Read Caroline’s interview with Summersalt Yoga

SUP yoga and the approach to life: have fun, fall in, laugh!

By Caroline Graham-Wood

As the indulgences of December and resolutions of January fade away, it’s a good time to reflect on how we can practically implement changes in our lives that are realistic and sustainable. 

We are often told that dramatic and quick solutions will change our bodies, change our lives and change us for the better. However, the longer I practice yoga and as I reflect on the benefits of taking up rather than giving up, I believe that perhaps one word offers more answers to the changes we may seek, than the fads that are sold to us. It is a word that is open to subjective interpretation as well as having the potential to hold a deeper meaning, depending on those we choose to influence our lives and learn from. That word is very simple, balance. Balance can be applied to so many aspects of our lives, from what we eat to how we choose to spend our time. 

A key emphasis in yoga is to progress at your own speed, to avoid competitiveness yet to find a level that pushes you and helps you grow in your practice. This is never more true than in the balance poses. 

In yoga we seek balance and allow that balance to move in a positive direction, rather than remaining static. In a tree pose we move the ball of the foot slowly up the leg as we progress our balance, from below then above the knee, then moving the heel to the groin and finally up to Arda Padmasana. Once there we can try a further challenge, moving your drishti (view point). 

The approach to asanas, especially balancing poses, can often bring out a side to yoga that we need to counter-act. Seriousness, frustration, competitiveness. One fabulous way to challenge these often natural impulses to the balance poses is SUP yoga. This ultimate challenge to balance never fails to release the tense approach that can accompany balance poses, because pretty much everyone falls in the water at least once!

Caroline  brings her energy to the mat and the SUP board and shares this incredible experience (and her balance!) with you passionately. 

Why and when did you decide to become a yoga teacher? And then started specializing in SUP yoga?

I never planned to become a yoga teacher. I was in Mexico working as a fire hoola hooper with a couple of friends who performed various circus acrobatics. I was practising yoga when given the opportunity to teach some classes, I never looked back. I found yoga a wonderful experience for myself and love guiding yogis of different abilities through their practice, helping them learn, develop and expand their practice.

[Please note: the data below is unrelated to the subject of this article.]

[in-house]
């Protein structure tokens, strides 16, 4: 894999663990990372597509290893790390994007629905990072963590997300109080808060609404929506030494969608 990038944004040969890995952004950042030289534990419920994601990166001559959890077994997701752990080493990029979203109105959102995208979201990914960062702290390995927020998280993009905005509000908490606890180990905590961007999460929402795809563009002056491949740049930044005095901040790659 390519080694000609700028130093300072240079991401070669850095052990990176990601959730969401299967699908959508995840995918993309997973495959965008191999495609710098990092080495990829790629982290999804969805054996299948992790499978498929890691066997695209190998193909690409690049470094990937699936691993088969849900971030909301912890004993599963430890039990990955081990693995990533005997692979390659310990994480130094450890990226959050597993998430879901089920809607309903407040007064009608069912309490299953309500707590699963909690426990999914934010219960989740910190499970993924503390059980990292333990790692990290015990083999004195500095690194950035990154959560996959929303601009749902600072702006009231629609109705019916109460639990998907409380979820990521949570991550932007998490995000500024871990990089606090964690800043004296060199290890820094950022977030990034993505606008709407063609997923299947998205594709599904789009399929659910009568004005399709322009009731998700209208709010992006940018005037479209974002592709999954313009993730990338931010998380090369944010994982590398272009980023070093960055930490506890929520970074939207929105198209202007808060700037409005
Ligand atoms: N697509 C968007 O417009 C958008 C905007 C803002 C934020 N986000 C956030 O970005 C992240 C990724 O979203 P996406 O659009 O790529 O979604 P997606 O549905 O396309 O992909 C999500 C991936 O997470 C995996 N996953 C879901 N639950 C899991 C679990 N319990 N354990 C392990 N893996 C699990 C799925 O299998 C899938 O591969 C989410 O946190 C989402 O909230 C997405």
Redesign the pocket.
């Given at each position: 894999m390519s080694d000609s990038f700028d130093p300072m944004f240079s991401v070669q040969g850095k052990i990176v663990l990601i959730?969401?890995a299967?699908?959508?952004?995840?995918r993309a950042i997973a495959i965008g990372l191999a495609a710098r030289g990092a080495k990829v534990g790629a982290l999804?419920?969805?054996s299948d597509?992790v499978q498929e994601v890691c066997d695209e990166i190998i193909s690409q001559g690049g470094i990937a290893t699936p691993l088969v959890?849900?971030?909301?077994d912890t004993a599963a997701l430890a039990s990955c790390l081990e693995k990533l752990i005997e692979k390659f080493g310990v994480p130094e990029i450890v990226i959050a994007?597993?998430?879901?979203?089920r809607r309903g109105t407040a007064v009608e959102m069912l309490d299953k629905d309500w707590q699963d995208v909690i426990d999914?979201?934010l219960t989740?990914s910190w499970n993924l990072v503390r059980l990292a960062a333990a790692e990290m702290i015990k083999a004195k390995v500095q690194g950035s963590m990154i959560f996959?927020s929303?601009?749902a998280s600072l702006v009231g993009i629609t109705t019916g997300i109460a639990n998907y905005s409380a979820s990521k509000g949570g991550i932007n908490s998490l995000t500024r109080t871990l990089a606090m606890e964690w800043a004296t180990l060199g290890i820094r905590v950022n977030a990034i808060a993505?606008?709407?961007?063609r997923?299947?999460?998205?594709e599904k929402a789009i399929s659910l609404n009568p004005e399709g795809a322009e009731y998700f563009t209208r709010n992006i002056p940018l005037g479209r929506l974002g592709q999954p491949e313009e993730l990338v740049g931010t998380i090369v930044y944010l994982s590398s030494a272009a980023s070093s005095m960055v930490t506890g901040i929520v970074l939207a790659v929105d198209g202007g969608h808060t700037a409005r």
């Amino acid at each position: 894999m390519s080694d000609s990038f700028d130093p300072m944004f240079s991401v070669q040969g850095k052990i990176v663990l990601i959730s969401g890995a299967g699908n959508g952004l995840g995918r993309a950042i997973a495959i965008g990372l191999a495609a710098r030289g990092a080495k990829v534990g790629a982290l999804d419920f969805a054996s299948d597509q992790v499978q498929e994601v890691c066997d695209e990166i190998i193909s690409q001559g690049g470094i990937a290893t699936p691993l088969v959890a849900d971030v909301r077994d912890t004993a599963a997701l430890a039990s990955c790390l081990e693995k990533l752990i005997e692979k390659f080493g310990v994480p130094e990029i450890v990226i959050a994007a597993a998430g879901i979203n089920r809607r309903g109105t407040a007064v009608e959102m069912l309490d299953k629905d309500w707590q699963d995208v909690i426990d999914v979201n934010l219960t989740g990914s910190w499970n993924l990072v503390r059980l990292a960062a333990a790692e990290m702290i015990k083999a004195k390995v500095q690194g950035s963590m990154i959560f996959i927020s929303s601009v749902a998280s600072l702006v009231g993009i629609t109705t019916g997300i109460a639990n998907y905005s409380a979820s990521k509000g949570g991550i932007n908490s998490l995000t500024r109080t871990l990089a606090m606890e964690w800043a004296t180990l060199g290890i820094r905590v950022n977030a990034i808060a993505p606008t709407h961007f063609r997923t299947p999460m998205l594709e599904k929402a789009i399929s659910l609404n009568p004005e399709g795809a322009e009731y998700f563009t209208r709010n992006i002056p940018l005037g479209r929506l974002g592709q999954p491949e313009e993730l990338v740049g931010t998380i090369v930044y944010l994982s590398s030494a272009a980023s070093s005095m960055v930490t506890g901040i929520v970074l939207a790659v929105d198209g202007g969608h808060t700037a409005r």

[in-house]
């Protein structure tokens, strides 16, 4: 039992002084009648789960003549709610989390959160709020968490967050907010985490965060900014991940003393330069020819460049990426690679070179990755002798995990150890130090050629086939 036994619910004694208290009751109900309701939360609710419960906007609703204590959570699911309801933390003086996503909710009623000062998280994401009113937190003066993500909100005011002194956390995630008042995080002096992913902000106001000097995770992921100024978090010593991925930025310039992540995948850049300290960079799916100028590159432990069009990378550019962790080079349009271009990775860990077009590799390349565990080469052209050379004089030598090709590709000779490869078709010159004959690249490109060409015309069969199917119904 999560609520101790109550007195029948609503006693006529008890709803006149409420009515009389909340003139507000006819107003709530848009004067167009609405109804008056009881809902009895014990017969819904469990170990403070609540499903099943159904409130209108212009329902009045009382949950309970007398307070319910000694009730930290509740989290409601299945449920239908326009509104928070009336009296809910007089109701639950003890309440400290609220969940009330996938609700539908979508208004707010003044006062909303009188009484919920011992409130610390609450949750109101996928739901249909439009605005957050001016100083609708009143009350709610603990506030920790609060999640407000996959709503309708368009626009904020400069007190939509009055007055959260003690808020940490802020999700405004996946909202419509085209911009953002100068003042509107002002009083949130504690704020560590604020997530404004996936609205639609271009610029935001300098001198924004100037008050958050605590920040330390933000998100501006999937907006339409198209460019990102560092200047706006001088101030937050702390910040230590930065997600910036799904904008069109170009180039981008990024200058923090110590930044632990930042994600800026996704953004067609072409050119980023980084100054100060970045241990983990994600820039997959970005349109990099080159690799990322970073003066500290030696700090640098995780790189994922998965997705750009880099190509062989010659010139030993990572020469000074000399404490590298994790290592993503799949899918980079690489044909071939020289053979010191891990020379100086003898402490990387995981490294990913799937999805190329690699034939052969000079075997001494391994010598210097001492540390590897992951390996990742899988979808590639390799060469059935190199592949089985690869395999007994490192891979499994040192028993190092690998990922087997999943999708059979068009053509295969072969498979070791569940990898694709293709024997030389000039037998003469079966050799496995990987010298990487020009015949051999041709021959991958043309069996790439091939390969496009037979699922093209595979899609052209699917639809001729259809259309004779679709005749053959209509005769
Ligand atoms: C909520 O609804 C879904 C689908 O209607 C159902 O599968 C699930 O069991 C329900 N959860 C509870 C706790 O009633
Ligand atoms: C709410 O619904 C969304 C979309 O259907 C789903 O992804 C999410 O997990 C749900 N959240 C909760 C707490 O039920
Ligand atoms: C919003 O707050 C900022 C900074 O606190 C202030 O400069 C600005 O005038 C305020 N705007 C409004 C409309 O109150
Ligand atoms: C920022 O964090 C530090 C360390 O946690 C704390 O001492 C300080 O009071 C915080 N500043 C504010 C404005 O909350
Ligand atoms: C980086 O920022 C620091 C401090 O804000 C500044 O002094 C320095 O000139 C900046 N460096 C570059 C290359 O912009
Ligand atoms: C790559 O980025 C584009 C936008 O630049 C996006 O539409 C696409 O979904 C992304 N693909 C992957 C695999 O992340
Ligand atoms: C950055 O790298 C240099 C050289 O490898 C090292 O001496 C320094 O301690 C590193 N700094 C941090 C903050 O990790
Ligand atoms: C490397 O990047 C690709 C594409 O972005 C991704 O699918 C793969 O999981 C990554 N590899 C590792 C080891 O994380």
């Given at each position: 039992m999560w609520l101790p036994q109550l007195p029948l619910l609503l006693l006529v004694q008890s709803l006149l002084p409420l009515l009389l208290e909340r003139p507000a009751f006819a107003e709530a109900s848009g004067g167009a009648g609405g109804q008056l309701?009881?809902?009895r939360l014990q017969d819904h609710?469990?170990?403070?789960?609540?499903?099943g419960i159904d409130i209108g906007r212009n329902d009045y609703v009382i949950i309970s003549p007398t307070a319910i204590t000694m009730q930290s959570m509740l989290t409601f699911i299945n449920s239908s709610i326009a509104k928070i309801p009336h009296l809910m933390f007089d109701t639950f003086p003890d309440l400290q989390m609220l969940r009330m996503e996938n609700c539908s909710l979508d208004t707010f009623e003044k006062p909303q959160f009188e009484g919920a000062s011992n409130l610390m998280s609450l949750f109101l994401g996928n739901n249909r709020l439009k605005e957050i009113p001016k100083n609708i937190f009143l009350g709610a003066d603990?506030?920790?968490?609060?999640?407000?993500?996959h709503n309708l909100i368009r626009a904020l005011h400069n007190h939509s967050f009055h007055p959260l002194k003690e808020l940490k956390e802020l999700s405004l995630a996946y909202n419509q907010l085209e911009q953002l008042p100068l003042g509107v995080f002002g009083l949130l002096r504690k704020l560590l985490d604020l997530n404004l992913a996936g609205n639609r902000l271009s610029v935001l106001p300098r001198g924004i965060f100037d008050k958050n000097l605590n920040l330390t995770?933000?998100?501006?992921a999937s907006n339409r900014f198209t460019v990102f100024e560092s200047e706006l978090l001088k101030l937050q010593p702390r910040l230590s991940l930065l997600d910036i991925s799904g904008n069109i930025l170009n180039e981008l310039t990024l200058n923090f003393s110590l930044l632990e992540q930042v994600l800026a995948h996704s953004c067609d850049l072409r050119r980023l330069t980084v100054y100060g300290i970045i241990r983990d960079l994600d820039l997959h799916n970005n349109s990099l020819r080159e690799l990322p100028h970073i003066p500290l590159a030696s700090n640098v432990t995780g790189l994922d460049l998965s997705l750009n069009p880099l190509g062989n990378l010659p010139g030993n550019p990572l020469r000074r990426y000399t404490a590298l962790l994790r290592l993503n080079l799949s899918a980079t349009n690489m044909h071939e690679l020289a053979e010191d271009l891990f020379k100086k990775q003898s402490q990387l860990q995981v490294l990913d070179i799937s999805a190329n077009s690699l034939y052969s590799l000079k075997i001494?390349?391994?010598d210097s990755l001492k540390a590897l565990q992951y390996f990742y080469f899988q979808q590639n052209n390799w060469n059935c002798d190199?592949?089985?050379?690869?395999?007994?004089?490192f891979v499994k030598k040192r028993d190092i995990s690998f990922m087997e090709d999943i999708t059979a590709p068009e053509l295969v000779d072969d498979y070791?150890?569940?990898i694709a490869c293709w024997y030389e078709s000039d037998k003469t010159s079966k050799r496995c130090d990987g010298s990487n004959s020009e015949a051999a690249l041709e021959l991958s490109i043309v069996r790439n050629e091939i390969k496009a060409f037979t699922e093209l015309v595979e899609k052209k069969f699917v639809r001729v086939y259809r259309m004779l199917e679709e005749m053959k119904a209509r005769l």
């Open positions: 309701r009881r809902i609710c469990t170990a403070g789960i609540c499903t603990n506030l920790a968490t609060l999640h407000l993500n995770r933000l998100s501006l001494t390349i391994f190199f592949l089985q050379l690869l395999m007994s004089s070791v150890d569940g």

I started specialising in SUP when I was living on a cenote and a friend came with some boards and we played around on them. I saw another teacher giving a SUP yoga class one day and I thought, wow this is my dream, I want to do this.

When I extended my own practice to include SUP yoga I couldn’t believe how fantastic and different this form of yoga could be. You are in such wonderful surroundings. I remember my first class, paddling across the crystal clear lagoon in Tulum, totally peaceful, and was like hey this is my job! 

What do you enjoy most about teaching SUP yoga?

Being outside in nature brings a different perspective to the practice. Being able to reference the elements that surround you in a SUP yoga class and teach the student to truely connect to nature and their surroundings. Often water is used as a reference in yoga teaching, to be fluid and let the breath flow like the ocean, in a SUP class these phrases are tangible and even more powerful. 

I enjoy the fun and playful nature of the class, how it can be most peoples first time not only on a Sup board but also practicing. 

Savasana is also so sweet it is a joy to give people that experience of melting away on their board with the water gently lapping against the board. 

I love the sense of freedom and space. Being on the SUP board helps you challenge your balance.

Do you have any advice for SUP yoga beginners and why they should not be afraid to try it?

Have fun, fall in, laugh. Once you relax and gain awareness of being on water you will find you are totally supported by your board and will forget you are on a SUP, until you fall in again!

Name the top 3-4 benefits of yoga (regular or/and SUP) to you personally.

The space you create in your body and your mind.

Core strength and balance you build up

The connection to nature and to focus on compassion and taking a positive frame of mind to the outside world.

What changes do you notice in students after some time practicing SUP yoga?

Confidence, balance, strength, childlike re-connection, happiness, greater connection with the earth, elements, respect for the earth. 

Why do you think participating in a SUP yoga retreat is a good experience?

Outside, sunshine, water, elements, fun, playful, strength, fitness, outside, challenge, over fear. It challenges what you learnt from land yoga, makes you understand the asanas and muscles groups more obviously as you have to get the correct alignment.